Andromeda Botanic Gardens is owned by the Barbados National Trust and managed by Passiflora Ltd. Mission statement. Passiflora Ltd.’s aim is to provide quality education and training in garden design, horticulture and aspects of ethnobotany. As the company responsible for Andromeda Botanic Gardens, it aims to manage this historic site in accordance with the wishes of Iris Bannochie; its legal obligations to the Barbados National Trust; and to comply with the mandates of authentic botanical institutions. It also aims to ensure Andromeda Botanic Gardens is a fully inclusive community space.
Andromeda's Ethnobotanical Garden – The Rationale
1. It would ‘fill the void’ and complete this marvelous collection both in terms of its historic relevance, and in terms of the increasing current interest in native plants and ethnobotany.
2. It would provide a valuable learning resource for the current training institution, leading to the development of a wider range of courses with real ‘in-situ’ experiences. Further courses for adults will be developed aimed at those interested in conserving regional flora.
3. It would increase the range of raw materials for groups such as Biocultural Education and Research Programme; for others who also wish to use the plants; and those who aim to protect and promote traditional crafts that use local plants.
4. For school visits to Andromeda, the new garden would provide much more varied and relevant educational opportunities.
5. If the exterior classroom is built (plans are for a series of decks across the stream by the silk cotton trees), this space will be ‘multi-use’. It would be an area for classes (children and adults), poetry readings or simply a space for the community to sit/picnic/reflect.
6. It is hoped that this garden would increase the number of visitors from overseas. There will be nothing like it in the world.
7. New native plants suitable to the location will also be introduced.
8. As the new garden will not be overly managed, many areas, once established, will remain undisturbed. Insects and animals should be able to thrive, thus increasing the biodiversity found at Andromeda.
9. The garden will illustrate water-wise gardening and hopefully inspire others. No irrigation will be required apart from watering the garden during new plant establishment. Some plants will last through droughts, others will die back and return with the rains. As Barbados is a water-scarce nation, such ‘climate-smart’ horticultural/ecological practices should be encouraged.
10. Barbados' trees were decimated by colonisation and much their cultural importance was lost or destroyed. Our ancestors would have revered trees for many reasons, from being imbued with the spirits of our beloved, to being a connection with the heavens, the earth and the underground realms. These stories will be researched and the ethnobotanical uses, including rituals will be highlighted – not just within the Ethnobotanical Garden but across the whole of Andromeda – home to over 100 tree species, many planted by Mrs. Bannochie. Today tree-planting is recognized as a way to mitigate the effects of climate change, as well as adding to biodiversity. Here one of the principal aims would be to reconnect with a fabulous part of our human history.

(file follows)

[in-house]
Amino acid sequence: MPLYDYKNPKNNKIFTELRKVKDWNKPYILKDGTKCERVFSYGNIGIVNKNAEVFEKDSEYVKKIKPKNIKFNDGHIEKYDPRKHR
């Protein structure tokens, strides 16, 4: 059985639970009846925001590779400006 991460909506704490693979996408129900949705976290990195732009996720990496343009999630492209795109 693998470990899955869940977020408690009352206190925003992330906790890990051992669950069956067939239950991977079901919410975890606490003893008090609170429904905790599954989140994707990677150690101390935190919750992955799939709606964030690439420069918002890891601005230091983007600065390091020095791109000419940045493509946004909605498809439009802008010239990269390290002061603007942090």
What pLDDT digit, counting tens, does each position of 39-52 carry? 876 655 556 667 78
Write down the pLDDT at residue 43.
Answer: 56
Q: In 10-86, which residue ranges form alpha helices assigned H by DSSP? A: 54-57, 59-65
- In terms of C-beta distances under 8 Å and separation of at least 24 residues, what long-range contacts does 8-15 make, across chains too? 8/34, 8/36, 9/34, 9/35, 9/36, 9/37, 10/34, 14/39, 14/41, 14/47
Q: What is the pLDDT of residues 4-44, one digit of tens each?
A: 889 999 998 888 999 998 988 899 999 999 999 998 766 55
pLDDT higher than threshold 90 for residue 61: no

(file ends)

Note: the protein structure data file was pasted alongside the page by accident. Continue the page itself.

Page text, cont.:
11. The Ethnobotanical Garden would be relevant to the people of Barbados and would help to tell the stories of black peoples; promote African and Caribbean botanical knowledge; and connect people to a neglected part of human culture.
The Biocultural Education and Research Programme was established officially in 2018 to promote the conservation of plant biodiversity in Barbados through education and research. The non-profit organization is managed by a board and executive committee headed by Dr Sonia Peter, Chemist and Ethnobotanist practitioner.
The Andromeda Ethnobotanical Garden was a collaboration between the management of the garden and BERP. Both organisations aim to build on the project and continue to promote plants as heritage and as a valued connection to who we were, who we are, and who we can be.
Update on Ethnobotanical Garden - July 2022.
Work has finished!!!! The garden is open. The plants just need to grow.
Please explore, if you wish. Tread carefully while we await the lawn to establish. Learn and enjoy!
The outdoor classroom belongs to us all. This is a multi-use space, as envisaged. Yoga, tai chi, workshops etc. Email me if you wish to use it for those purposes.
Andromeda Ethnobotanical Garden
A Celebration of Local -
Local Plants, People, Wildlife
We've planted about 29 plant species. The number of small trees planted is about 171, including paw-paws and over 700 other plants.
We had about 20 student volunteers working with us - it would not have been possible without them!
There are about 50 new labels, including interpretive signs.
2012 Dec. Initial idea put in writing for a Native Plant Garden at Andromeda Botanic Gardens. Just a small area...
2014 Feb. Passiflora Ltd takes over the management and development of Andromeda Botanic Gardens.
2017. Idea changes to the desire for a community-focused Ethnobotanical Garden. The size increases!
2017-2021 - Attempts to get funding agencies interested fail. Many just didn't respond to phone calls, emails etc. Very frustrating times!
2019. First chance meeting with Dr Sonia Peter of BERP in Hamilton's Pottery. Contact details were exchanged.
2019-2020. Further meetings with BERP and our collaboration was solidified.
2021 Sept. A phone call from Sandals Barbados regarding potential funding for sustainability projects. We were asked to provide details.
2021 Sept. Zoom meeting with Sandals Foundation and the proposal was finalized and sent to Sandals.
2021 Nov. Funding confirmed. Tears of joy!
2022 Feb. Work starts.
2022 Jul. Andromeda's Ethnobotanical Garden is completed.
2022 Nov. Official opening.